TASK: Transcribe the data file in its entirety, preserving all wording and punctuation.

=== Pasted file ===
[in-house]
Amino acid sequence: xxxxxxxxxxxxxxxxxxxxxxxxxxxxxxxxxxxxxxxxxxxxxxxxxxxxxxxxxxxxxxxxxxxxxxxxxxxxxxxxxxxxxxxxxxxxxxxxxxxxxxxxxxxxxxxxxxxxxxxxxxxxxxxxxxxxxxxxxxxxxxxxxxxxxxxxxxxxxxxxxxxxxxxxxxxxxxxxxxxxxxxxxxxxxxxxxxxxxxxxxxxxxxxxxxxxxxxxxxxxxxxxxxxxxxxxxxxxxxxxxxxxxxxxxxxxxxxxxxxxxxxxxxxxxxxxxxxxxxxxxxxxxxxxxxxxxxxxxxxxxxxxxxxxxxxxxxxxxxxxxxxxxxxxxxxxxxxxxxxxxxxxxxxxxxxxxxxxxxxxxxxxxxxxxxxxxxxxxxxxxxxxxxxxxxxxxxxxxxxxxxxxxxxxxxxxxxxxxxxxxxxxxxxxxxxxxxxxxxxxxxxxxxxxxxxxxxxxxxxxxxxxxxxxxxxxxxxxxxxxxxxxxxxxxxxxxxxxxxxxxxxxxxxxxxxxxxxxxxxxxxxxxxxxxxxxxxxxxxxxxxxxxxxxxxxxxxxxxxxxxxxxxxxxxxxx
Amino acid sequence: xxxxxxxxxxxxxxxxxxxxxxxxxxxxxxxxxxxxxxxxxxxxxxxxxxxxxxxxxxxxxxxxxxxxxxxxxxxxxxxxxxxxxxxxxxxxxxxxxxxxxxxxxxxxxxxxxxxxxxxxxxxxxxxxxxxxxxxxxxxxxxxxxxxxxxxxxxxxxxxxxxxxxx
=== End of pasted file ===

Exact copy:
[in-house]
Amino acid sequence: xxxxxxxxxxxxxxxxxxxxxxxxxxxxxxxxxxxxxxxxxxxxxxxxxxxxxxxxxxxxxxxxxxxxxxxxxxxxxxxxxxxxxxxxxxxxxxxxxxxxxxxxxxxxxxxxxxxxxxxxxxxxxxxxxxxxxxxxxxxxxxxxxxxxxxxxxxxxxxxxxxxxxxxxxxxxxxxxxxxxxxxxxxxxxxxxxxxxxxxxxxxxxxxxxxxxxxxxxxxxxxxxxxxxxxxxxxxxxxxxxxxxxxxxxxxxxxxxxxxxxxxxxxxxxxxxxxxxxxxxxxxxxxxxxxxxxxxxxxxxxxxxxxxxxxxxxxxxxxxxxxxxxxxxxxxxxxxxxxxxxxxxxxxxxxxxxxxxxxxxxxxxxxxxxxxxxxxxxxxxxxxxxxxxxxxxxxxxxxxxxxxxxxxxxxxxxxxxxxxxxxxxxxxxxxxxxxxxxxxxxxxxxxxxxxxxxxxxxxxxxxxxxxxxxxxxxxxxxxxxxxxxxxxxxxxxxxxxxxxxxxxxxxxxxxxxxxxxxxxxxxxxxxxxxxxxxxxxxxxxxxxxxxxxxxxxxxxxxxxxxxxxxxxxxxxx
Amino acid sequence: xxxxxxxxxxxxxxxxxxxxxxxxxxxxxxxxxxxxxxxxxxxxxxxxxxxxxxxxxxxxxxxxxxxxxxxxxxxxxxxxxxxxxxxxxxxxxxxxxxxxxxxxxxxxxxxxxxxxxxxxxxxxxxxxxxxxxxxxxxxxxxxxxxxxxxxxxxxxxxxxxxxxxx